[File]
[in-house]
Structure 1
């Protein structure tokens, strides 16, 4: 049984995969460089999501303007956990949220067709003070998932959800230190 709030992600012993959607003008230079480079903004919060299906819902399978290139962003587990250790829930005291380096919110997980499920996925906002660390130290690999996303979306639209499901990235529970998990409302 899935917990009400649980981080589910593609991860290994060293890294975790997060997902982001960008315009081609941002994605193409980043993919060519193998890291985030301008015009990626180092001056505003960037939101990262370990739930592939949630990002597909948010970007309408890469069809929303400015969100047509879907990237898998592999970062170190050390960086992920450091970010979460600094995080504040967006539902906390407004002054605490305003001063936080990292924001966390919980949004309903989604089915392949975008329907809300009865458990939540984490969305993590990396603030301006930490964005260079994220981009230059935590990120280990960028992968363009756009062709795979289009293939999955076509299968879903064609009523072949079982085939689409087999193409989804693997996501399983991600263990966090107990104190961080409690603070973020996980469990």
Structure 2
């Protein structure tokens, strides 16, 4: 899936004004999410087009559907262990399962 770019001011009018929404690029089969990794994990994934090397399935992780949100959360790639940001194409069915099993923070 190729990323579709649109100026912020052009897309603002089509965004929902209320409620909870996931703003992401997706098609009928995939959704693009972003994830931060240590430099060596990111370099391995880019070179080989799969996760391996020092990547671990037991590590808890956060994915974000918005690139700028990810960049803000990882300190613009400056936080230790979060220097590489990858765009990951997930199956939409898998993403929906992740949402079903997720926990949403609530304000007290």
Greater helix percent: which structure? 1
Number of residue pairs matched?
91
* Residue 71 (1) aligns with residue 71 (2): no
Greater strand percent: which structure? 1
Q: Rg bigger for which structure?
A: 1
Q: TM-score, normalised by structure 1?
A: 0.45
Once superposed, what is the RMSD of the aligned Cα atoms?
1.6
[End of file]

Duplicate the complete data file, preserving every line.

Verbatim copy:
[in-house]
Structure 1
């Protein structure tokens, strides 16, 4: 049984995969460089999501303007956990949220067709003070998932959800230190 709030992600012993959607003008230079480079903004919060299906819902399978290139962003587990250790829930005291380096919110997980499920996925906002660390130290690999996303979306639209499901990235529970998990409302 899935917990009400649980981080589910593609991860290994060293890294975790997060997902982001960008315009081609941002994605193409980043993919060519193998890291985030301008015009990626180092001056505003960037939101990262370990739930592939949630990002597909948010970007309408890469069809929303400015969100047509879907990237898998592999970062170190050390960086992920450091970010979460600094995080504040967006539902906390407004002054605490305003001063936080990292924001966390919980949004309903989604089915392949975008329907809300009865458990939540984490969305993590990396603030301006930490964005260079994220981009230059935590990120280990960028992968363009756009062709795979289009293939999955076509299968879903064609009523072949079982085939689409087999193409989804693997996501399983991600263990966090107990104190961080409690603070973020996980469990």
Structure 2
């Protein structure tokens, strides 16, 4: 899936004004999410087009559907262990399962 770019001011009018929404690029089969990794994990994934090397399935992780949100959360790639940001194409069915099993923070 190729990323579709649109100026912020052009897309603002089509965004929902209320409620909870996931703003992401997706098609009928995939959704693009972003994830931060240590430099060596990111370099391995880019070179080989799969996760391996020092990547671990037991590590808890956060994915974000918005690139700028990810960049803000990882300190613009400056936080230790979060220097590489990858765009990951997930199956939409898998993403929906992740949402079903997720926990949403609530304000007290």
Greater helix percent: which structure? 1
Number of residue pairs matched?
91
* Residue 71 (1) aligns with residue 71 (2): no
Greater strand percent: which structure? 1
Q: Rg bigger for which structure?
A: 1
Q: TM-score, normalised by structure 1?
A: 0.45
Once superposed, what is the RMSD of the aligned Cα atoms?
1.6